Annalise looked at him with heavy eyes, and shook her head.

"She don't speak no English, sir," explained Mrs. Pearce. "This one's pure heathen."

"No English," echoed Annalise drearily, who had at least learned that much, "no English, no English."

Robin gathered up his crumbs of German and presented them to her with a smile. Immediately on hearing her own tongue she flared into life, and whipping out a little pocket-book and pencil asked him eagerly where she was.

"Where you are?" repeated Robin, astonished.

"Ja, Ja. The address. This address. What is it? Where am I?"

"What, don't you know?"

"Tell me--quick," begged Annalise.

"But why--I don't understand. You must know you are in England?"

"England! Naturally I know it is England. But this--where is it? What is its address? For letters to reach me? Quick--tell me quick!"

Robin, however, would not be quick. "Why has no one told you?" he asked, with an immense curiosity.

"Ach, I have not been told. I know nothing. I am kept in the dark like--like a prisoner." And Annalise dragged her handkerchief out of her pocket, and put it to her eyes just in time to stop her ready tears from falling into the whipped cream and spoiling it.

"There she goes again," sniffed Mrs. Pearce. "It's cry, cry, from morning till night, and nothing good enough for her. It's a mercy she goes out of this to-morrow. I never see such an image."

"Tell me," implored Annalise, "tell me quick, before my mistress--"

"I'll write it for you," said Robin, taking the note-book from her. "You know you go into a cottage next week, so I'll put your new address." And he wrote it in a large round hand and gave it to her quickly, for Mrs. Pearce was listening to all this German and watching him write with a look that made him feel cheap. So cheap did it make him feel that he resisted for the present his desire to go on questioning Annalise, and putting his hands in his pockets sauntered away to the other end of the kitchen where Priscilla sat looking on. "I'm afraid that really was cheap of me," he thought ruefully, when he came once more into Priscilla's sweet presence; but he comforted himself with the reflection that no girl ought to be mysterious, and if this one chose to be so it was fair to cross her plans occasionally. Yet he went on feeling cheap; and when Tussie who was hurrying along with a cup of chocolate in each hand ran into him and spilt some on his sleeve the sudden rage with which he said "Confound you, Tussie," had little to do with the hot stuff soaking through to his skin and a great deal with the conviction that Tussie, despised from their common childhood for his weakness, smallness and ugliness, would never have done what he had just done and betrayed what the girl had chosen to keep secret from her maid.

"But why secret? Why? Why?" asked Robin, torn with desire to find out all about Priscilla.

"I'm going to do this often," said Priscilla, looking up at him with a pleased smile. "I never saw such easily amused little creatures. Don't you think it is beautiful, to give poor people a few happy moments sometimes?"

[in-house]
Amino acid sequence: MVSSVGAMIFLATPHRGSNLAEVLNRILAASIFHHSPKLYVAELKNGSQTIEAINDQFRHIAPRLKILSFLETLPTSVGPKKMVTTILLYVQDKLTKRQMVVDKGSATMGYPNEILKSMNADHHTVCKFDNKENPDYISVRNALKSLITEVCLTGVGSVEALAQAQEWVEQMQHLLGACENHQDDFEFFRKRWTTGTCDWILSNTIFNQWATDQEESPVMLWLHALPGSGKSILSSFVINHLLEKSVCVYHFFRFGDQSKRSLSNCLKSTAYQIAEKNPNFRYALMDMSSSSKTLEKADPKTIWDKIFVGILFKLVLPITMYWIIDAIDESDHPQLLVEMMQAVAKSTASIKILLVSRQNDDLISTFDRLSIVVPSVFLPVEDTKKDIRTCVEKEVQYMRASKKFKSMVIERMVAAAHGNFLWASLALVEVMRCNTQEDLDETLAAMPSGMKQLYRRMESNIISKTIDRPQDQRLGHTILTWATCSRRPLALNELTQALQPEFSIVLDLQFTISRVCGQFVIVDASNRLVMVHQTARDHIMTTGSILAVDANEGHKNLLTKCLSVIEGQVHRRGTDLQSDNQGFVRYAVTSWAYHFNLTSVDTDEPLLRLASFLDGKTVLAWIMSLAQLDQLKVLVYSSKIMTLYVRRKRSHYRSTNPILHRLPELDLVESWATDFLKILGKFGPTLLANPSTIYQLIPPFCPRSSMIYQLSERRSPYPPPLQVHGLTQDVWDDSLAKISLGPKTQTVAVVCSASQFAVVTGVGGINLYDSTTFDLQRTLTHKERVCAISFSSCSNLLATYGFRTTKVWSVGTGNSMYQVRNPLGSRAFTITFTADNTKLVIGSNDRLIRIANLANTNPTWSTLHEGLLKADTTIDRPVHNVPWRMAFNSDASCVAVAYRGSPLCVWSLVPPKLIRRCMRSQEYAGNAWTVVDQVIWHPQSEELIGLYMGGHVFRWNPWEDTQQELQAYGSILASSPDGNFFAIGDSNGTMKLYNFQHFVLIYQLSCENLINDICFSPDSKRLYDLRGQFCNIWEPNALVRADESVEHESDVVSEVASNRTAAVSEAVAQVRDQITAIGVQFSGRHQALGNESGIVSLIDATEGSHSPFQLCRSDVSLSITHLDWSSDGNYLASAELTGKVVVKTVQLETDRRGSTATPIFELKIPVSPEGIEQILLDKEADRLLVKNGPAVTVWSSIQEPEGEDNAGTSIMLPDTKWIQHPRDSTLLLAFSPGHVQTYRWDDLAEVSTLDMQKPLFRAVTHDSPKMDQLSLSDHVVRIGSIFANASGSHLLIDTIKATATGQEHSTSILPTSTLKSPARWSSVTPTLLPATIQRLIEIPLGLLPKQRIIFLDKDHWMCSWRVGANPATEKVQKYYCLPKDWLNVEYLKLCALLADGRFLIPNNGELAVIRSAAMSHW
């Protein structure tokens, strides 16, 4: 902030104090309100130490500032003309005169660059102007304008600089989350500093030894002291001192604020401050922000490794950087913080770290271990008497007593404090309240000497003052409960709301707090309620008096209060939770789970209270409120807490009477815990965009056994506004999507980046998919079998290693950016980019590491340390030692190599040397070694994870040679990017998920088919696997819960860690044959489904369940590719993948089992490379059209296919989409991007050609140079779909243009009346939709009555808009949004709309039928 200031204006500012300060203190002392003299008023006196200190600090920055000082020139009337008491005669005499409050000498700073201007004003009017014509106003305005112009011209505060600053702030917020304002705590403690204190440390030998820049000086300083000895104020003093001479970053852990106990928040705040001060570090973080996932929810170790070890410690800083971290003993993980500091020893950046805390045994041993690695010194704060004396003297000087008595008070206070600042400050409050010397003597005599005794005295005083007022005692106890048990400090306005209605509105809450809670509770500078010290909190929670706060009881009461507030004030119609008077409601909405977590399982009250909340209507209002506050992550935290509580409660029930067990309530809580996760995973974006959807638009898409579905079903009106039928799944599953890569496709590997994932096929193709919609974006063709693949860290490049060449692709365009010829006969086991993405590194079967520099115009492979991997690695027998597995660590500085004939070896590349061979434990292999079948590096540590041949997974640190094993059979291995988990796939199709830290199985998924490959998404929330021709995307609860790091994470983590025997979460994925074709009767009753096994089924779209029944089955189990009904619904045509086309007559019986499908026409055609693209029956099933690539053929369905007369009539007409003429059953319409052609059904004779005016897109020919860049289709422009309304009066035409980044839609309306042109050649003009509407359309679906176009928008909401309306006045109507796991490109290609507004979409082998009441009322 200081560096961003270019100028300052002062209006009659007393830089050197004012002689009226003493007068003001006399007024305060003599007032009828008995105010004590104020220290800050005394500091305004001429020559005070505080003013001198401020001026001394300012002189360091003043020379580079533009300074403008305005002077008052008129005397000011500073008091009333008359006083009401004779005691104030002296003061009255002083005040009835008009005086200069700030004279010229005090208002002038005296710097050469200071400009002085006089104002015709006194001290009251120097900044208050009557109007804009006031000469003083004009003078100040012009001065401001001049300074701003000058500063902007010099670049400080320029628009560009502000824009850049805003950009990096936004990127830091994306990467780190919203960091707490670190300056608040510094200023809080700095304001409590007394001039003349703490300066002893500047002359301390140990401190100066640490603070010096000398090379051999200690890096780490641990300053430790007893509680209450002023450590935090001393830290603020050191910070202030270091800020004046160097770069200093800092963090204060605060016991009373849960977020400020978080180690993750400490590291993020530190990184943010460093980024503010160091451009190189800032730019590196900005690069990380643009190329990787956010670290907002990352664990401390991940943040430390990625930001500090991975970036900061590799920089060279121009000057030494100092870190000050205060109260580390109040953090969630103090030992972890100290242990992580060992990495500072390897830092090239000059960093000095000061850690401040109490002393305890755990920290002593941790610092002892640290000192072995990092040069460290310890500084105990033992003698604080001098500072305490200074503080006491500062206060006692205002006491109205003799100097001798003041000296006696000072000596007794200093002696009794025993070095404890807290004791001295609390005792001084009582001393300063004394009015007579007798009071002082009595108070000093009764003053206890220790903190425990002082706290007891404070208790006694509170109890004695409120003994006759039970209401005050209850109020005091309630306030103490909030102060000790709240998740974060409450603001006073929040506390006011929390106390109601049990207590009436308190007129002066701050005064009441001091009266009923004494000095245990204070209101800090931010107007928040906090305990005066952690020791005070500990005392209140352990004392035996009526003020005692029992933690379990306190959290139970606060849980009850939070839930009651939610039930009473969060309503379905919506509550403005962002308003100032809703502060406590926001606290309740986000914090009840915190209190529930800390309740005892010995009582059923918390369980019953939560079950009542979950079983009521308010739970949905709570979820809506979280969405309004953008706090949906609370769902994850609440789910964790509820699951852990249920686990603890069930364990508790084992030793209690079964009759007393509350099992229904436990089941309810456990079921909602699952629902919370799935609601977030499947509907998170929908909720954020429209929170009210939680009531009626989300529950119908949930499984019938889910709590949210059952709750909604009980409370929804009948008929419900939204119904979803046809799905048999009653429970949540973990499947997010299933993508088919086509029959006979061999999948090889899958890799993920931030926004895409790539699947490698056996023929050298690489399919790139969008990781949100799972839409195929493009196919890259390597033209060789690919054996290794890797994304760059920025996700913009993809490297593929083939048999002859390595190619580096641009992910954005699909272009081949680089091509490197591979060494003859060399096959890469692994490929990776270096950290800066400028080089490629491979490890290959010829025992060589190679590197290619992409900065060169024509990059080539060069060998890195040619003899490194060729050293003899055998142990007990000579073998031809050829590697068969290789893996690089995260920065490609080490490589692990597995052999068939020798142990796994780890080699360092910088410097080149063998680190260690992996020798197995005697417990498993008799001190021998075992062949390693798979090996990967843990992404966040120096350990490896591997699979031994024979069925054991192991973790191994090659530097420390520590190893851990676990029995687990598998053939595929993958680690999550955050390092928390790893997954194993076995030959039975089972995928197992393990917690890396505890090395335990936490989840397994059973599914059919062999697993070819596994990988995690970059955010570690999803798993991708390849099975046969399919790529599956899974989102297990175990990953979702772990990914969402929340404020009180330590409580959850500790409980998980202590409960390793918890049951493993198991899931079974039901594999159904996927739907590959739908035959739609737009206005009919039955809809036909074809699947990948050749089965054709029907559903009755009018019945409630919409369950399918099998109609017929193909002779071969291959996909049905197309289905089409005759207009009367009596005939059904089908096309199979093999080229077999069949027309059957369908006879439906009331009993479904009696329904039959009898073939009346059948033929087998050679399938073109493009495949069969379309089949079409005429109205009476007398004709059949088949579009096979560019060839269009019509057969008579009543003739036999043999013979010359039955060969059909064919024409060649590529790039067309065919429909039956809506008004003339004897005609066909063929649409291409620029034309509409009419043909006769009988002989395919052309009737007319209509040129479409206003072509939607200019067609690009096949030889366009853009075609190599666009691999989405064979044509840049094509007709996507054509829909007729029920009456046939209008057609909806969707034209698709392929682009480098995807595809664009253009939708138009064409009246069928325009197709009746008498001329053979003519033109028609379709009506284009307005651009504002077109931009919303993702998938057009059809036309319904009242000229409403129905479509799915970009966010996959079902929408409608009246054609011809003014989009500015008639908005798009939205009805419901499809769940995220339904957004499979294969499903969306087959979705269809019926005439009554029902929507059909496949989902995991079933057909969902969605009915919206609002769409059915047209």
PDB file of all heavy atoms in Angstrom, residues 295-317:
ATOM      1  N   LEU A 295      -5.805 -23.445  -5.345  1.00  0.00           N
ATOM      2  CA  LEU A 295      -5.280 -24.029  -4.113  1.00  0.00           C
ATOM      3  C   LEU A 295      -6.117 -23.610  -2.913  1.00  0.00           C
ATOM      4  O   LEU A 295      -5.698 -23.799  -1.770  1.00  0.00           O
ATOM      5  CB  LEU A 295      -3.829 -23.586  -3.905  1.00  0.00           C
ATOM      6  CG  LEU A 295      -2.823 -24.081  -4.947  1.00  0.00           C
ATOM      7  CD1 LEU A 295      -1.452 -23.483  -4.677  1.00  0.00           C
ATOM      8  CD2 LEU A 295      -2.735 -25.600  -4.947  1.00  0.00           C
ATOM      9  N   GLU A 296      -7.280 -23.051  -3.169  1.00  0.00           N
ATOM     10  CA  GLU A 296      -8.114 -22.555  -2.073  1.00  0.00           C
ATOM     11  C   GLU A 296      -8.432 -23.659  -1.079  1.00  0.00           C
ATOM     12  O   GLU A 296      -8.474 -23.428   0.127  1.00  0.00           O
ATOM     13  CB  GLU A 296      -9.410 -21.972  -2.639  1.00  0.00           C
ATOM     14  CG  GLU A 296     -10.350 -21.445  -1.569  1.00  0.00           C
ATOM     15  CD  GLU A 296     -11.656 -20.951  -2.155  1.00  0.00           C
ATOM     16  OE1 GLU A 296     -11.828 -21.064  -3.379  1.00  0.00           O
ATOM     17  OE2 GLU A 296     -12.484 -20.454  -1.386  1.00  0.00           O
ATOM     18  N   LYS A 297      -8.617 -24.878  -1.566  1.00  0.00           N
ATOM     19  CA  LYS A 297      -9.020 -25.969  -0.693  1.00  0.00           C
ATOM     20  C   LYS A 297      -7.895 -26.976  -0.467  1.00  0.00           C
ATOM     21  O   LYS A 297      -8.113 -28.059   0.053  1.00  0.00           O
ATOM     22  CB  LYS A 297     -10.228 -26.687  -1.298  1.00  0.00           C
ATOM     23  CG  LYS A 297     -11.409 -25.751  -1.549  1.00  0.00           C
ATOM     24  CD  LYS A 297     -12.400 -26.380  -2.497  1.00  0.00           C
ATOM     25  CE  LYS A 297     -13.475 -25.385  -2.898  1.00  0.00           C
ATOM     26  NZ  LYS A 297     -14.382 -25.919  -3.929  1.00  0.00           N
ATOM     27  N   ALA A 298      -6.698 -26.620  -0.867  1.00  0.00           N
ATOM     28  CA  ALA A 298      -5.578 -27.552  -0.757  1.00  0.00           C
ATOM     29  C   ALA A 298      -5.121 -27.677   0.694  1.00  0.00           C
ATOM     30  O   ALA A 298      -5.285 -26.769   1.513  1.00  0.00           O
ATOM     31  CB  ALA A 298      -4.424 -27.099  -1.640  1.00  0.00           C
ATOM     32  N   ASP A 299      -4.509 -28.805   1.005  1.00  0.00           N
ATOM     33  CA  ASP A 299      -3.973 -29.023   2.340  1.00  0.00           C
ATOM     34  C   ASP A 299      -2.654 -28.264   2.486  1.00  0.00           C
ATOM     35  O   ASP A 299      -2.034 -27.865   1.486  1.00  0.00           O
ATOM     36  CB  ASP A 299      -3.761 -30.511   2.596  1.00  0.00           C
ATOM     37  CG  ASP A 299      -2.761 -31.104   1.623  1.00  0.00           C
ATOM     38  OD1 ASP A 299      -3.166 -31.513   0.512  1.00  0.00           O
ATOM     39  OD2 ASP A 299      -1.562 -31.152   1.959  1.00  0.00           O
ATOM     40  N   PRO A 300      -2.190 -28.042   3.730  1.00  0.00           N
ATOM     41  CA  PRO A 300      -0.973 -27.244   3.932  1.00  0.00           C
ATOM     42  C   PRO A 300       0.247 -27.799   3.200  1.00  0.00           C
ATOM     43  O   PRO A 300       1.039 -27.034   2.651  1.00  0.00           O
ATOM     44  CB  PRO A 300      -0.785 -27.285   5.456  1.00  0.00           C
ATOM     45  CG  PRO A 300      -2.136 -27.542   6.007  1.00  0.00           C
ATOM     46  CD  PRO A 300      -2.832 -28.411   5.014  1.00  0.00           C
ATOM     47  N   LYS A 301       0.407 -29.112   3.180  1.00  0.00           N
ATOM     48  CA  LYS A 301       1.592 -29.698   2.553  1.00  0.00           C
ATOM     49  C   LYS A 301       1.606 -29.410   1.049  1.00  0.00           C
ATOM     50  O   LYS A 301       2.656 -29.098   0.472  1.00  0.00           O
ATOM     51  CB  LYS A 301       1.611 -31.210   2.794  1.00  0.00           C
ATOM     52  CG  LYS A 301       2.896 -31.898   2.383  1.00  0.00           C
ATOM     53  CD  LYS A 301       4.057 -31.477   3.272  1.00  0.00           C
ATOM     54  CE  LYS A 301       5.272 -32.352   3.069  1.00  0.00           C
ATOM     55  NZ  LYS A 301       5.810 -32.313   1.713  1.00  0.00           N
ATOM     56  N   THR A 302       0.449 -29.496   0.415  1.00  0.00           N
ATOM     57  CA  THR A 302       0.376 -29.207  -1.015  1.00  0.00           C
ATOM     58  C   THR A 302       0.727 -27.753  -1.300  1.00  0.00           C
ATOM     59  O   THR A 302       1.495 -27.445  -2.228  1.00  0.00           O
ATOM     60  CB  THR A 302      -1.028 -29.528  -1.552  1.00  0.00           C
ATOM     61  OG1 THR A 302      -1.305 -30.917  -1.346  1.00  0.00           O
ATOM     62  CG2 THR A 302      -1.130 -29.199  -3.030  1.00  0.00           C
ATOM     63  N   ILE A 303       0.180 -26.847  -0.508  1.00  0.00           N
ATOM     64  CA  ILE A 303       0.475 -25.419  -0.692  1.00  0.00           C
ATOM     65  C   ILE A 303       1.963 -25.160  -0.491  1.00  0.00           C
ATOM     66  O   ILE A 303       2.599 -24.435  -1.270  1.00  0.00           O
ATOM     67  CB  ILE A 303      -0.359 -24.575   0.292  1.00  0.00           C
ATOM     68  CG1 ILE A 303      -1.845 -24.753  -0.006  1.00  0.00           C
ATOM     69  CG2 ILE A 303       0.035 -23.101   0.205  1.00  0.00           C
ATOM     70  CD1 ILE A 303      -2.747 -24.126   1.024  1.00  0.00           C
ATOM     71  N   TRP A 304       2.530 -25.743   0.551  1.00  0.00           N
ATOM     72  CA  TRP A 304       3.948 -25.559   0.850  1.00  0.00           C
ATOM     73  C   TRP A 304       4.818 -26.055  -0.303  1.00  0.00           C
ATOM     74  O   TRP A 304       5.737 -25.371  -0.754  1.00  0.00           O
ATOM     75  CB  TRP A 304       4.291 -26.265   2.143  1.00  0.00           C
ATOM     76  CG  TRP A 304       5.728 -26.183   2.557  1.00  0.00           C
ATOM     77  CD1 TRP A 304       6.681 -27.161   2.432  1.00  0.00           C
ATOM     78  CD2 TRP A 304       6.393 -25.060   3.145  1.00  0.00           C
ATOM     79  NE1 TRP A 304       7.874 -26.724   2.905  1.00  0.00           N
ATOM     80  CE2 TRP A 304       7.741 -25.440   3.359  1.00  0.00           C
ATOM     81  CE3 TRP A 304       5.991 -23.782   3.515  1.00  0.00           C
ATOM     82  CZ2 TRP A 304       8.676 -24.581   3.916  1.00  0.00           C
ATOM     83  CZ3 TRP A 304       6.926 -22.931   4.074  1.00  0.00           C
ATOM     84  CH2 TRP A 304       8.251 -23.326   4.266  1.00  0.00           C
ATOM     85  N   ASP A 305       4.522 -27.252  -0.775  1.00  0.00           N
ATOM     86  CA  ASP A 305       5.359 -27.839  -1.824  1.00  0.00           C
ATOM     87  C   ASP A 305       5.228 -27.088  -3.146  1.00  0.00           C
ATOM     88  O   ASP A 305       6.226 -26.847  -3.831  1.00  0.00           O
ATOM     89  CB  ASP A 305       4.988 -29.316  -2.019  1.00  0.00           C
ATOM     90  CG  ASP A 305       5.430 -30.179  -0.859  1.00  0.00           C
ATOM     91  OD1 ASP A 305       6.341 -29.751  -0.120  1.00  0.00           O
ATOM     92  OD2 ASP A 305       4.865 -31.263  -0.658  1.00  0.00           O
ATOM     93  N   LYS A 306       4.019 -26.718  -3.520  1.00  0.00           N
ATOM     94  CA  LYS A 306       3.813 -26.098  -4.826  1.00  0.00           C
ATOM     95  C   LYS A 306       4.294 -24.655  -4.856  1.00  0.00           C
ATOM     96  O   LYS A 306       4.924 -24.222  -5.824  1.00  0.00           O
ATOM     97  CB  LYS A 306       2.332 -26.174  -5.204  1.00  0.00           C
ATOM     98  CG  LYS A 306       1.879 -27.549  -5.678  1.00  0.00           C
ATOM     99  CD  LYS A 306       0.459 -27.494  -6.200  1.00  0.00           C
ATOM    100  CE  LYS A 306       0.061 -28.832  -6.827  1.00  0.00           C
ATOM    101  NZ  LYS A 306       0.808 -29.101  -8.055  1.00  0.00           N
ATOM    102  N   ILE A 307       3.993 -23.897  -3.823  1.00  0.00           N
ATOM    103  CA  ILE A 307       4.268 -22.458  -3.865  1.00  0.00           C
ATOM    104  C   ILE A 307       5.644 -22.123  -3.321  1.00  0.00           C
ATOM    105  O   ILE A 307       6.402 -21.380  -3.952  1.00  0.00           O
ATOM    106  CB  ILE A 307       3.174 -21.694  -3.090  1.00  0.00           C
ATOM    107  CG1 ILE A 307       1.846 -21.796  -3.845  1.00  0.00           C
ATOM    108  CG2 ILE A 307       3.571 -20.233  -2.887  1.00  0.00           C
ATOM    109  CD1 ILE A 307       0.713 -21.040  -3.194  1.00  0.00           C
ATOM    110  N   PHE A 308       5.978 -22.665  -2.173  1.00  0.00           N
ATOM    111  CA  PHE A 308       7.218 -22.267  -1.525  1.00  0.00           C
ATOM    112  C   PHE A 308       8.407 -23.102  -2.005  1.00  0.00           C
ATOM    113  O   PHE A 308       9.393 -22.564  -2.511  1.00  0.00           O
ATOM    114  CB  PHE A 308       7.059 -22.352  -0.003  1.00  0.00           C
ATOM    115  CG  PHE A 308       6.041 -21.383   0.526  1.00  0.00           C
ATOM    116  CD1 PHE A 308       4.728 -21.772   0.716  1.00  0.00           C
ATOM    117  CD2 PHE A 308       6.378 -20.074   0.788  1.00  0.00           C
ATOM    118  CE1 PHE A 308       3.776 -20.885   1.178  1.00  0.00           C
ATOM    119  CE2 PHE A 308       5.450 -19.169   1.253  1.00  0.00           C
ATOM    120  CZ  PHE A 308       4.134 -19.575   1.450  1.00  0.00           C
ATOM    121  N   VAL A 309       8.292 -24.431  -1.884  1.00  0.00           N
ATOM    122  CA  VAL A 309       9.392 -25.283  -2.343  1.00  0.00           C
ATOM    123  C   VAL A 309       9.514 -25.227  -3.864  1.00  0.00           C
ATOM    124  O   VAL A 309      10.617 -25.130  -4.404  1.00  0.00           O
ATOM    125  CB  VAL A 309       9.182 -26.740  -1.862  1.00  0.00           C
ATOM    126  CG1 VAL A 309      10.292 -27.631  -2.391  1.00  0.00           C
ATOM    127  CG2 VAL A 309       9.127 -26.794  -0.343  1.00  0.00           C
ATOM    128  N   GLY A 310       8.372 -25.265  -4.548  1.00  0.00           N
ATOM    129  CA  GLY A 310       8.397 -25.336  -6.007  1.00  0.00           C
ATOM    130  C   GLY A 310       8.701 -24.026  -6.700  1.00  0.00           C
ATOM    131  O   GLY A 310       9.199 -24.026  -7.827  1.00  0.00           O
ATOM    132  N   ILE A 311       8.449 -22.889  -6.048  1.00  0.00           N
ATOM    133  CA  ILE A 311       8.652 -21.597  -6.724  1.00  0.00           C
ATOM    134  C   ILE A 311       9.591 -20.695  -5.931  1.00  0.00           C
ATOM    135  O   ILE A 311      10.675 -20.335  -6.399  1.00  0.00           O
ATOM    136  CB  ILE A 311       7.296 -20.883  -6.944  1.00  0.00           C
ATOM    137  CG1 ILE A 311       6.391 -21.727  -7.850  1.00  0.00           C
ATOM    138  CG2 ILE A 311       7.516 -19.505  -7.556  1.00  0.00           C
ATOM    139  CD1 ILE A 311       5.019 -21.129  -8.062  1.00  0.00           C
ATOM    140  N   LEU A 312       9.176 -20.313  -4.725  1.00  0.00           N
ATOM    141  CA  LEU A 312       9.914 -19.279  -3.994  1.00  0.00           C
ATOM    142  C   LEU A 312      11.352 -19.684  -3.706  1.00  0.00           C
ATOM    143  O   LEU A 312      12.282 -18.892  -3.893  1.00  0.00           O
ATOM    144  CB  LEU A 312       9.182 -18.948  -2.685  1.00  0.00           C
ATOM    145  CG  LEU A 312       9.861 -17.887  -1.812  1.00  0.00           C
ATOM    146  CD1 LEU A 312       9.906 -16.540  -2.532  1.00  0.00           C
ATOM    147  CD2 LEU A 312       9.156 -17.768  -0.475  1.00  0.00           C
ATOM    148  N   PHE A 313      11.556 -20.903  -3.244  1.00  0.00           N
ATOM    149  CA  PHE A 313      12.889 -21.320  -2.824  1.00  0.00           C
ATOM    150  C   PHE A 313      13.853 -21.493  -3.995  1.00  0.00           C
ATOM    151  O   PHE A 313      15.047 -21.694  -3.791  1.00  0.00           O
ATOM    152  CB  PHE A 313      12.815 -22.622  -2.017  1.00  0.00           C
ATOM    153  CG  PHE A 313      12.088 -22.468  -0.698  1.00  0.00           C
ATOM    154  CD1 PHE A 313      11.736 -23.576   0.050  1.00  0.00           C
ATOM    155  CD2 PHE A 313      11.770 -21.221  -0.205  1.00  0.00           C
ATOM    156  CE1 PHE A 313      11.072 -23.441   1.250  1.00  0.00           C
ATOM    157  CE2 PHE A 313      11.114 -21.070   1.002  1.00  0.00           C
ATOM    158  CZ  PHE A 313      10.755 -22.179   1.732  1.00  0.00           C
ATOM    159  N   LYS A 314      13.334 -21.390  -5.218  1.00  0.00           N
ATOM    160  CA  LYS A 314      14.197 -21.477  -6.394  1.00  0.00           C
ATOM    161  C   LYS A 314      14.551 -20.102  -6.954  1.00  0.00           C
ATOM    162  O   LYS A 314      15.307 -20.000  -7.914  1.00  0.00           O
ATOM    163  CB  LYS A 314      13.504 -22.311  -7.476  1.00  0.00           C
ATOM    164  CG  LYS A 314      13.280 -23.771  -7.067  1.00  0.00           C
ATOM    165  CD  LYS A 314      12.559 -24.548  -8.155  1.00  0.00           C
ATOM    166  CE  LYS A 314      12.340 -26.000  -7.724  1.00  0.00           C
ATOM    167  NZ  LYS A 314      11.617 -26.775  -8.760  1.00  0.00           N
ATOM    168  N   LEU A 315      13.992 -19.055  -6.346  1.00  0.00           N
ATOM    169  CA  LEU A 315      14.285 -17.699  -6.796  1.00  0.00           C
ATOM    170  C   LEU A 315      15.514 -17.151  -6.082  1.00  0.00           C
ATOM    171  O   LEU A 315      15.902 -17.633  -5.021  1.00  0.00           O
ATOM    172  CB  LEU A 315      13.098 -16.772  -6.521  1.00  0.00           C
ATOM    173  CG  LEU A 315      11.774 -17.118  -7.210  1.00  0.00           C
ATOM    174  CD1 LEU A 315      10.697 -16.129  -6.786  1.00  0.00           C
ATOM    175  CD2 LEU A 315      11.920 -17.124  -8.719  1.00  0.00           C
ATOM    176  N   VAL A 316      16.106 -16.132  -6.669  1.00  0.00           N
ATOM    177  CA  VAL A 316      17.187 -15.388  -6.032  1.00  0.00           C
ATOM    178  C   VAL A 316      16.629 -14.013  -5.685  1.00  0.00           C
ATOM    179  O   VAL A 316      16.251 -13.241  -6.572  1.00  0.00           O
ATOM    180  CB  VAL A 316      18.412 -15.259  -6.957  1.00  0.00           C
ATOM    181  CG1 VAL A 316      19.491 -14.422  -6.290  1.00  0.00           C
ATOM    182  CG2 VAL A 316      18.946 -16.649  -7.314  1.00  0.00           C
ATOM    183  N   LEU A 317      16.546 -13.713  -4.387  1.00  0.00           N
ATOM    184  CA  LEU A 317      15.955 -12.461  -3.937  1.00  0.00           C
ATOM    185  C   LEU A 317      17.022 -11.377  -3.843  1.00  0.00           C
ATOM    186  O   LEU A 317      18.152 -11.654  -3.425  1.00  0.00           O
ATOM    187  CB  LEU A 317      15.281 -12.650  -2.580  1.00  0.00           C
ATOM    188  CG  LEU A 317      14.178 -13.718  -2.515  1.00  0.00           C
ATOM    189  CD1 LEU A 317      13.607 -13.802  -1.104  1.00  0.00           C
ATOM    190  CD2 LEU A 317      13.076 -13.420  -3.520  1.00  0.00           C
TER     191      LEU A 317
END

"Very beautiful," said Robin, his eyes on her face.

"It is what I mean to do in future," she said dreamily, her chin on her hand.

"It will be expensive," remarked Robin; for there were nearly two hundred children, and Priscilla had collected the strangest things in food on the long tables as a result of her method, when inviting, of asking each mother what her child best liked to eat and then ordering it with the lavishness of ignorance from Minehead.

"Oh, we shall live so simply ourselves that there will be enough left to do all I want. And it will be the most blessed change and refreshment, living simply. Fritzi hated the fuss and luxury quite as much as I did."

"Did he?" said Robin, holding his breath. The girl was evidently off her guard. He had not heard her call her uncle baldly Fritzi before; and what fuss and luxury could a German teacher's life have known?

"He it was who first made me see that the body is more than meat and the soul than raiment," mused Priscilla.

"Was he?"

"He pulled my soul out of the flesh-pots. I'm a sort of Israel come out of Egypt, but an Egypt that was altogether too comfortable."

"Too comfortable? Can one be too comfortable?"

"I was. I couldn't move or see or breathe for comfort. It was like a feather bed all over me."

"I wouldn't call that comfort," said Robin, for she paused, and he was afraid she was not going on. "It sounds much more like torture."

"So it was at last. And Fritzi helped me to shake it off. If he hadn't I'd have smothered slowly, and perhaps if I'd never known him I'd have done it as gracefully as my sisters did. Why, they don't know to this day that they are dead."

Robin was silent. He was afraid to speak lest anything he said should remind her of the part she ought to be playing. He had no doubt now at all that she was keeping a secret. A hundred questions were burning on his lips. He hated himself for wanting to ask them, for being so inquisitive, for taking advantage of the girl's being off her guard, but what are you to do with your inherited failings? Robin's mother was inquisitive and it had got into his blood, and I know of no moral magnesia that will purify these things away. "You said the other day," he burst out at last, quite unable to stop himself, "that you only had your uncle in the world. Are your sisters--are they in London?"

"In London?" Priscilla gazed at him a moment with a vague surprise. Then fright flashed into her eyes. "Did I not tell you they were dead? Smothered?" she said, getting up quickly, her face setting into the frown that had so chilled Tussie on the heath.

"But I took that as a parable."

"How can I help how you took it?"